Monday, 28 March 2016

Review 13. A Study in Charlotte by Britanny Cavallaro

Title: A Study in Charlotte
Author: Brittany Cavallaro
Publisher: Katherine Tegen Books
Published: March 1st 2016
Pages:
336 pages

"The last thing Jamie Watson wants is a rugby scholarship to Sherringford, a Connecticut prep school just an hour away from his estranged father. But that’s not the only complication: Sherringford is also home to Charlotte Holmes, the famous detective’s great-great-great-granddaughter, who has inherited not only Sherlock’s genius but also his volatile temperament. From everything Jamie has heard about Charlotte, it seems safer to admire her from afar.

From the moment they meet, there’s a tense energy between them, and they seem more destined to be rivals than anything else. But when a Sherringford student dies under suspicious circumstances, ripped straight from the most terrifying of the Sherlock Holmes stories, Jamie can no longer afford to keep his distance. Jamie and Charlotte are being framed for murder, and only Charlotte can clear their names. But danger is mounting and nowhere is safe—and the only people they can trust are each other."

In A Study in Charlotte Sherlock Holmes and John Watson are more than fictional characters created by Sir Arthur Conan Doyle. Holmes and Watson were real people and a century later, their descendants, Charlotte Holmes and Jamie Watson, find themselves being framed for murder and must find the true killer before he finds them...

Plot: After winning a rugby scholarship, Jamie Watson finds himself in Sherringford, a prep school in Connecticut; the same school where Charlotte Holmes studies. Jamie always imagined living great adventures with Charlotte as his great-great-great-grandfather lived with Sherlock in the past. But Charlotte's peculiar temperament (just like her great-great-great-grandfather's) keeps Jamie at bay. One night, one of their classmates is found dead - the same boy with whom Jamie brawled and who Charlotte despised. Being accused, Jamie and Charlotte must work together and discover who the real culprit is.

I found the idea of a YA modern day retelling of Sherlock Holmes very intriguing. The adventures of Sherlock Holmes and John Watson brought to the 21st century? I had to read it (even if I'm not a big Sherlock expert). I was even more intrigued when I learned that the Holmes in this novel was a girl.   

A Study in Charlotte is told in Jamie's POV and Britanny Cavallaro made a great job at not making Jamie sound like a girl (a few authors struggle at writing a male perspective). The story is well-written and the mystery is entrancing. I couldn't wait to know who the culprit was (which I didn't have a clue of who was until the very ending). I enjoyed the story's pace - one moment it was slow and on another something major was happening. I simply couldn't put the book down.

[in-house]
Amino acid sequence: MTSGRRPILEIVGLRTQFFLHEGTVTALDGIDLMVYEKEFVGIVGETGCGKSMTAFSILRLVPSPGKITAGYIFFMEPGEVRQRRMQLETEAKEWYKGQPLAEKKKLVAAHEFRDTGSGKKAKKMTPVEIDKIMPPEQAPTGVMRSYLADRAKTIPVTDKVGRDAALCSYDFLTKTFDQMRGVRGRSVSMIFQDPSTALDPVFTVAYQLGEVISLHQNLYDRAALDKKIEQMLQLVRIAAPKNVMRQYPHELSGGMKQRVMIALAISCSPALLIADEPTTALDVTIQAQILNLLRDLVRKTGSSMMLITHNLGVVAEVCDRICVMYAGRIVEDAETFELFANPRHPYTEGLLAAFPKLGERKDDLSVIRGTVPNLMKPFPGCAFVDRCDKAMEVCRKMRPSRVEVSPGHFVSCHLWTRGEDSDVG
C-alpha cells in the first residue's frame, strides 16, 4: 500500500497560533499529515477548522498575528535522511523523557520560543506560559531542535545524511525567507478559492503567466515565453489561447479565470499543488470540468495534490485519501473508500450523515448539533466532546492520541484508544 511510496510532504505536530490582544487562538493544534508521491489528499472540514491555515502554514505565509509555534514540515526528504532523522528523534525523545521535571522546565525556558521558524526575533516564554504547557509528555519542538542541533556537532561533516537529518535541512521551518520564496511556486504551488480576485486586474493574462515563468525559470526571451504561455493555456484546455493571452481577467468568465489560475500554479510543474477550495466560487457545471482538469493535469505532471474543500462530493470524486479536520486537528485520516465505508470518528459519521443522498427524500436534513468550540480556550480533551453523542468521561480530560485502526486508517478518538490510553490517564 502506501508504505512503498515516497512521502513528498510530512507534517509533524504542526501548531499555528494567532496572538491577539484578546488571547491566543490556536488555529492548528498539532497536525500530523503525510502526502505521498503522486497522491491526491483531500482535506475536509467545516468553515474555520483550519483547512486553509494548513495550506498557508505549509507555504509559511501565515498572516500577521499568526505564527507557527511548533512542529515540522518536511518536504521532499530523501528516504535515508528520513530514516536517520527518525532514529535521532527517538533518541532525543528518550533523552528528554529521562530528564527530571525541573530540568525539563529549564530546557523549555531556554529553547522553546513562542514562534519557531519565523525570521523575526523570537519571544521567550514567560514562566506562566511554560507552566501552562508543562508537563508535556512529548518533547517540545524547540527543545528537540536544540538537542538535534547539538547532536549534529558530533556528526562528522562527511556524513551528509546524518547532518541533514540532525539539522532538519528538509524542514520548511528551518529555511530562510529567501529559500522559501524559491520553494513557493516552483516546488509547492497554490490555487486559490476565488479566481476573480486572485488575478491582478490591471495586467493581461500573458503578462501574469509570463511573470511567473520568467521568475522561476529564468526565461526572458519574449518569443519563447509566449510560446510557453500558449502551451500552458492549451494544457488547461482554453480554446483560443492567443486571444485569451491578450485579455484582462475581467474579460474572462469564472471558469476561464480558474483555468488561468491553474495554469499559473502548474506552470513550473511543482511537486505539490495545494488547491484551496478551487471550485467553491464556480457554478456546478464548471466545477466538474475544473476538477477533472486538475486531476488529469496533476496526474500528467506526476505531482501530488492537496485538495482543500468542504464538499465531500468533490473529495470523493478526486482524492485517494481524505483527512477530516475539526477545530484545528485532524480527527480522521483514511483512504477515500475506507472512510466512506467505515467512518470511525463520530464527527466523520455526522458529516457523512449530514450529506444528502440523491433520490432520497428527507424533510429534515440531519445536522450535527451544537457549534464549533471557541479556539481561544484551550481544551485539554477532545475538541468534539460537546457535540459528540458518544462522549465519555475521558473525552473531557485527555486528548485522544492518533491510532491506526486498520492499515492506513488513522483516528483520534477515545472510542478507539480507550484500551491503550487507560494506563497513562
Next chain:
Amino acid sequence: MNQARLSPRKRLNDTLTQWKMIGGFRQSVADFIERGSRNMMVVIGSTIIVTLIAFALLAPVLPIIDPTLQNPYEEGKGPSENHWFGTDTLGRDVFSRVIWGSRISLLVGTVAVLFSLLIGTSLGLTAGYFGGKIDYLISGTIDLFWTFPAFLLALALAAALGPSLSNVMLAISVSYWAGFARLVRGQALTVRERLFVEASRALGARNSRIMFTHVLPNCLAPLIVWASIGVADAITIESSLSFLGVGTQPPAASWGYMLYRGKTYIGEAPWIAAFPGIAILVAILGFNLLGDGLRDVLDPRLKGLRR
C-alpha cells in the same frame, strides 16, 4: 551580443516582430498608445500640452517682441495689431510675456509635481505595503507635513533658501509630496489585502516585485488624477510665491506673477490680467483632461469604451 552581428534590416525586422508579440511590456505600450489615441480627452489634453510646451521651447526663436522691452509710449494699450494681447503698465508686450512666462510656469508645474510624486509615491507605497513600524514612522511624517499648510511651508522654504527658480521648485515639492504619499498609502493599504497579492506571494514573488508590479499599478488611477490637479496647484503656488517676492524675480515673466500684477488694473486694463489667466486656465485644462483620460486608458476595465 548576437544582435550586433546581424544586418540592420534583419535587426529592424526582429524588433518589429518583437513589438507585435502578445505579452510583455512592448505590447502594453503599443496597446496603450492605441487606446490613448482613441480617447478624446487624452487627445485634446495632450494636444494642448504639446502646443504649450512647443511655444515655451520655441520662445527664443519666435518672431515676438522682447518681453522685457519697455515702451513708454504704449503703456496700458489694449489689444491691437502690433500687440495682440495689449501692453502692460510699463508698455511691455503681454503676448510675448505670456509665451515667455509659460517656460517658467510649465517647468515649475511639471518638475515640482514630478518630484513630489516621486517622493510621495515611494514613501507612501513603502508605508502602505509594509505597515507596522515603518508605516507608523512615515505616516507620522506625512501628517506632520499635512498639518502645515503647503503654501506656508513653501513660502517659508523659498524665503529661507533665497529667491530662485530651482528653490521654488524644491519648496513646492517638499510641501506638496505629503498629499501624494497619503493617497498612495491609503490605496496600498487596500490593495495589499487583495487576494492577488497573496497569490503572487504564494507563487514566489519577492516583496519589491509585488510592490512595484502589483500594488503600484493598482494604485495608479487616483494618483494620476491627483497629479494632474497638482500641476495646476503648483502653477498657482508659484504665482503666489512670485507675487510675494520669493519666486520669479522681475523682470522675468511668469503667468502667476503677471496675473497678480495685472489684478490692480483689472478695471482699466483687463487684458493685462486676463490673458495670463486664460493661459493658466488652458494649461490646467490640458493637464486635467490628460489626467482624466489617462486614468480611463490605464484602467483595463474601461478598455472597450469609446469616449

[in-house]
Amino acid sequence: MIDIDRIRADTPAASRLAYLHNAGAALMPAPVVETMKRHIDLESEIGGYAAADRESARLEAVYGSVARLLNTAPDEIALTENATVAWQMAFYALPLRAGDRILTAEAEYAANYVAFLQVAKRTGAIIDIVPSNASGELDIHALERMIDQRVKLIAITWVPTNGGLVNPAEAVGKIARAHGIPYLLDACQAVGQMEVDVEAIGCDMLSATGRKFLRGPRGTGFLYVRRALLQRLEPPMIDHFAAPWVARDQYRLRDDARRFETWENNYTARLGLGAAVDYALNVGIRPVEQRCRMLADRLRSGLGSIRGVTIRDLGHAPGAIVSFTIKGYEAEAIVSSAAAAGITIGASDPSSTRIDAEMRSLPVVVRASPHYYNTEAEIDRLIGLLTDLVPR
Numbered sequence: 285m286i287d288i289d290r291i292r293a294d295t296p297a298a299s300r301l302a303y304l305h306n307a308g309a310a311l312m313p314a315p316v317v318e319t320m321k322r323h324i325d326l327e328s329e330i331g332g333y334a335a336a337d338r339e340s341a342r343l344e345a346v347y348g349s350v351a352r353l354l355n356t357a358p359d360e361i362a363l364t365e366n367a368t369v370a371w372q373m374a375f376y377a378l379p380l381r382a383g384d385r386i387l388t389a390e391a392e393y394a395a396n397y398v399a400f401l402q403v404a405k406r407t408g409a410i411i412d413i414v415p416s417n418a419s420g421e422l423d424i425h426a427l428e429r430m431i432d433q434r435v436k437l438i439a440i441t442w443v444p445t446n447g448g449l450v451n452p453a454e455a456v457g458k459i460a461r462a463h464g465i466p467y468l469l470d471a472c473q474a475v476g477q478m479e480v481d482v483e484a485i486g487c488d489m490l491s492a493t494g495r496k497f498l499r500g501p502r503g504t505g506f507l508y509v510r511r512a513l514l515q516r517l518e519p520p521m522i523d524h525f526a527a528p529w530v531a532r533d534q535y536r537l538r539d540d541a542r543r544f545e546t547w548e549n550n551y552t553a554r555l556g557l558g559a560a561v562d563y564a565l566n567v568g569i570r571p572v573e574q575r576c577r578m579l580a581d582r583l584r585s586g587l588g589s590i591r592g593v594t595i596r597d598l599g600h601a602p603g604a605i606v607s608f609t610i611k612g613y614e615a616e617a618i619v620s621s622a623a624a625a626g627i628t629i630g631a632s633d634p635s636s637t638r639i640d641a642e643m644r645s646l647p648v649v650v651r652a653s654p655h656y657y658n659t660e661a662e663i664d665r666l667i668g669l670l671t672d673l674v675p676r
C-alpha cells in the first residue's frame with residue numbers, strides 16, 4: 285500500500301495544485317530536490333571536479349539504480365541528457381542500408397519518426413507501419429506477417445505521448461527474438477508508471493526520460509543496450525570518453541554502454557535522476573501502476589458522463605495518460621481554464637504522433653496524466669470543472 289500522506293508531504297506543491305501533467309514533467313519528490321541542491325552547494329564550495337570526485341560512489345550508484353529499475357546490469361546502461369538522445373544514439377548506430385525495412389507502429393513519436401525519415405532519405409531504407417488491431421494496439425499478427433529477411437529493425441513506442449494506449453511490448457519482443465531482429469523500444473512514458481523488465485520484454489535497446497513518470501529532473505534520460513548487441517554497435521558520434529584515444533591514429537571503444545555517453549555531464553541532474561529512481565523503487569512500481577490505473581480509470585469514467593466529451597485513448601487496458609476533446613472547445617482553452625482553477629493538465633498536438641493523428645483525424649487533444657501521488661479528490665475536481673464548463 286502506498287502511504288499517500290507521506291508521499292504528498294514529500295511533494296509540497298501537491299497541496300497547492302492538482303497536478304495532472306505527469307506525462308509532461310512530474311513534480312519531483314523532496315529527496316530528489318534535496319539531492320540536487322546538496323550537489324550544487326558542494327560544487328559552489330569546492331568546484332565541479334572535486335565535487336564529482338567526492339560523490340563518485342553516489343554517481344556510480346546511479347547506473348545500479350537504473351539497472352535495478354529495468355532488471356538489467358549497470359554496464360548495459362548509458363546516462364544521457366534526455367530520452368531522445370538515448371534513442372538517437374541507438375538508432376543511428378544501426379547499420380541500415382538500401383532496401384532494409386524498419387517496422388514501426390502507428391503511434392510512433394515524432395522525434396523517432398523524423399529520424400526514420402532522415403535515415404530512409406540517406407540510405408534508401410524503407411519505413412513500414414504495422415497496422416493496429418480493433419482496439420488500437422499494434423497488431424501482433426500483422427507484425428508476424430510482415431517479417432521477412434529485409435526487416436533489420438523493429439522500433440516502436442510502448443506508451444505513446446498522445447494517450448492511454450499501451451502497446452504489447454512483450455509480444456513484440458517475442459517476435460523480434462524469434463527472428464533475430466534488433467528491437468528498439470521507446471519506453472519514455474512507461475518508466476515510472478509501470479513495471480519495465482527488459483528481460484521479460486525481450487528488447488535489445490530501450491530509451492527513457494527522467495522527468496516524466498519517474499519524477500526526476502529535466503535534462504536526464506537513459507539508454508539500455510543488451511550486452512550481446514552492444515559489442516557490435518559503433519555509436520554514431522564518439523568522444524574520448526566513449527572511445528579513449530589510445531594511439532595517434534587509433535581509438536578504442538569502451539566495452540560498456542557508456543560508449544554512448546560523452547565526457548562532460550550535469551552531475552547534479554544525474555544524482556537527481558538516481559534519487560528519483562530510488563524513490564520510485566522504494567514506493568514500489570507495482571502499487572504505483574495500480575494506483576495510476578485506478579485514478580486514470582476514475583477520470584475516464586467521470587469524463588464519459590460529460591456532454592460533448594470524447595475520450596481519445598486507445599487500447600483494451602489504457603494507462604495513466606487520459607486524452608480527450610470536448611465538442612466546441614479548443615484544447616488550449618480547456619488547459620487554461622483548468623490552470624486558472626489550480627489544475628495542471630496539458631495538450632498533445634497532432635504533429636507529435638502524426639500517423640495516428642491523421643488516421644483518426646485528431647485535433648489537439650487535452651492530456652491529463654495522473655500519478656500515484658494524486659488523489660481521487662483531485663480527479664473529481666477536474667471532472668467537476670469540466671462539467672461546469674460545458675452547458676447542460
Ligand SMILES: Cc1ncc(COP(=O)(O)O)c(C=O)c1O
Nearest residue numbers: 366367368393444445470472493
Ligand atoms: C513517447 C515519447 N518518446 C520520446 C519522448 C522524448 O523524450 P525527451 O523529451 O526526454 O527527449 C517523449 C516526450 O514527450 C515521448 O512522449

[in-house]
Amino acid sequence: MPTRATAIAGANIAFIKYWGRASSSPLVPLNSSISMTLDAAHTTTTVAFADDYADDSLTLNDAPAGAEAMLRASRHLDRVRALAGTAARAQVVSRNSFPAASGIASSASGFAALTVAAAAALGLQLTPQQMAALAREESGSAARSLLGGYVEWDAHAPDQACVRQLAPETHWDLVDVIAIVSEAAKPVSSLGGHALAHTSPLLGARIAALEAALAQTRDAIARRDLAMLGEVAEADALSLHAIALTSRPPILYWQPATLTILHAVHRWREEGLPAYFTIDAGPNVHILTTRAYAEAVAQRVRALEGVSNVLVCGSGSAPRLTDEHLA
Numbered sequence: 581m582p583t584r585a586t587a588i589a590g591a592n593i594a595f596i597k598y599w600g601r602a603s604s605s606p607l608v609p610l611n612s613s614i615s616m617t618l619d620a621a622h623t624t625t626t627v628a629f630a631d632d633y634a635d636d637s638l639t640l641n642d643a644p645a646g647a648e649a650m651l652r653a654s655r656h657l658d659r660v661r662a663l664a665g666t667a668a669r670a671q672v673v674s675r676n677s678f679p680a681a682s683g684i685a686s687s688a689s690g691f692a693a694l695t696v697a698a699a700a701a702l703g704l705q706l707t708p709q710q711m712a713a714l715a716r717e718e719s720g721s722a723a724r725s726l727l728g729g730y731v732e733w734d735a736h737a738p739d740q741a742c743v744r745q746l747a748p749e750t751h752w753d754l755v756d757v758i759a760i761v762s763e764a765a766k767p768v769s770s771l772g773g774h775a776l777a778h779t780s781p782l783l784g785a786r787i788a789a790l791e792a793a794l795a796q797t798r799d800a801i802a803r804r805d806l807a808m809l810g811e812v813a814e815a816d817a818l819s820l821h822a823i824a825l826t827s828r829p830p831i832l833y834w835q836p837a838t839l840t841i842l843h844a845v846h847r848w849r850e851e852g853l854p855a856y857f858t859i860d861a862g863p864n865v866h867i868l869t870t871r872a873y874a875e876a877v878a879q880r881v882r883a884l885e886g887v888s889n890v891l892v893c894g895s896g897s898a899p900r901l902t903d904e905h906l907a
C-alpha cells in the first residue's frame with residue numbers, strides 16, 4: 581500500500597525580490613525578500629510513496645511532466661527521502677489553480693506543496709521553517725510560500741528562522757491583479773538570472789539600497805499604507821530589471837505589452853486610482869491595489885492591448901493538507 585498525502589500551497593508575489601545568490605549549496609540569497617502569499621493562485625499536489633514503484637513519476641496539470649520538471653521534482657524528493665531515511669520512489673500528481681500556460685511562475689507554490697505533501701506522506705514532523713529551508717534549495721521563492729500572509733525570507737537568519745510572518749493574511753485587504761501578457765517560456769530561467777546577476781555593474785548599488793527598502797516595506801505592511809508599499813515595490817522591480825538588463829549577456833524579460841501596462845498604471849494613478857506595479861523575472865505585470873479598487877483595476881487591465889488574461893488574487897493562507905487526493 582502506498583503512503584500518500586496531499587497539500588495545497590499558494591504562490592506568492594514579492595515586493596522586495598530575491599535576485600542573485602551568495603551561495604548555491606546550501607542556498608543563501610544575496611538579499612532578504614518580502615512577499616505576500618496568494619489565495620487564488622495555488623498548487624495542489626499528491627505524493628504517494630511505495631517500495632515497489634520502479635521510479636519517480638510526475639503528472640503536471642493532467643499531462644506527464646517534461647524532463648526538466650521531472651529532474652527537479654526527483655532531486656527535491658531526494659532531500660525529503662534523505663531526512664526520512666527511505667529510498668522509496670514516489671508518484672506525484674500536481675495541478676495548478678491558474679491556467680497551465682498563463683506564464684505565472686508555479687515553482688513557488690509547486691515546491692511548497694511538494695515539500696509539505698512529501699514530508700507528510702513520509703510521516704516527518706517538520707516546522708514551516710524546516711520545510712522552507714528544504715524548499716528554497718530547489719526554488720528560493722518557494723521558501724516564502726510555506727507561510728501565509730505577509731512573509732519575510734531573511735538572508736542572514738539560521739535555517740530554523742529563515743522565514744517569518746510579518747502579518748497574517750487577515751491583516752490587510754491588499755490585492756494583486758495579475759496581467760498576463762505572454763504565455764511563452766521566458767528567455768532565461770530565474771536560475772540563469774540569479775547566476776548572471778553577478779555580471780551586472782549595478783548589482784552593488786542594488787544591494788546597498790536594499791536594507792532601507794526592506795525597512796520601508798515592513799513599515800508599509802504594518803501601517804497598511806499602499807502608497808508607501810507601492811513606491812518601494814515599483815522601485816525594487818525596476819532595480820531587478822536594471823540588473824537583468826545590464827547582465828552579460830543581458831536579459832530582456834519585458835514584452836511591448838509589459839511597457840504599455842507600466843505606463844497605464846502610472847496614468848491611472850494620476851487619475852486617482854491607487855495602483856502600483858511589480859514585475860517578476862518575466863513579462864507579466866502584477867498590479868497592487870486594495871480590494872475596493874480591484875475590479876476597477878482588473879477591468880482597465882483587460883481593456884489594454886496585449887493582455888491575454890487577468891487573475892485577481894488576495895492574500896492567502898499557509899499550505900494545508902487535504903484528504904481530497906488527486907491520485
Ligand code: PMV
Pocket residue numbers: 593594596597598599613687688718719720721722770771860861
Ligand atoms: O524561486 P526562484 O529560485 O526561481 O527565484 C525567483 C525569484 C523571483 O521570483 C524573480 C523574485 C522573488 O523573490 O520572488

Characters: I liked Jamie, even though I was not fond of the you-make-me-angry-so-I-hit-you-attitude and his initial "obsession" with Charlotte. He is a loyal friend to Charlotte. As a good Holmes, she keeps him in the dark and yet Jamie stays by her side. But Charlotte, I can't say I liked her. I've read a couple of Sir Arthur Conan Doyle's stories about Sherlock before and of what I can remember, I didn't dislike Sherlock or his actions (he could be an idiot, but was a likeable idiot). Charlotte acted like Sherlock in every way, but she always came across a spoiled brat - perhaps I felt it because she is a teenager. I didn't connect with Charlotte (even after learning what she went through).

Downsides: For me, two themes weren't handled properly: Charlotte's drug addiction and the theme of rape. About the first point, everyone acted as Charlotte's addiction to oxy was normal. "She's a Holmes. Of course she is doing drugs. Let her keep doing it". Only Jamie tried to do something to stop her. It was a very unreal situation. I will not address the second point too much because I don't want to spoil the plot, but rape was dealt in very lightly way. Why mention something so serious and write it as it's nothing?  If it was not for the way these subjects were approached and Charlotte's lack of charm, this novel would have been without doubt one of my favorites.

A Study in Charlotte is an entrancing mystery that brings the adventures of Sherlock Holmes to the 21st century.

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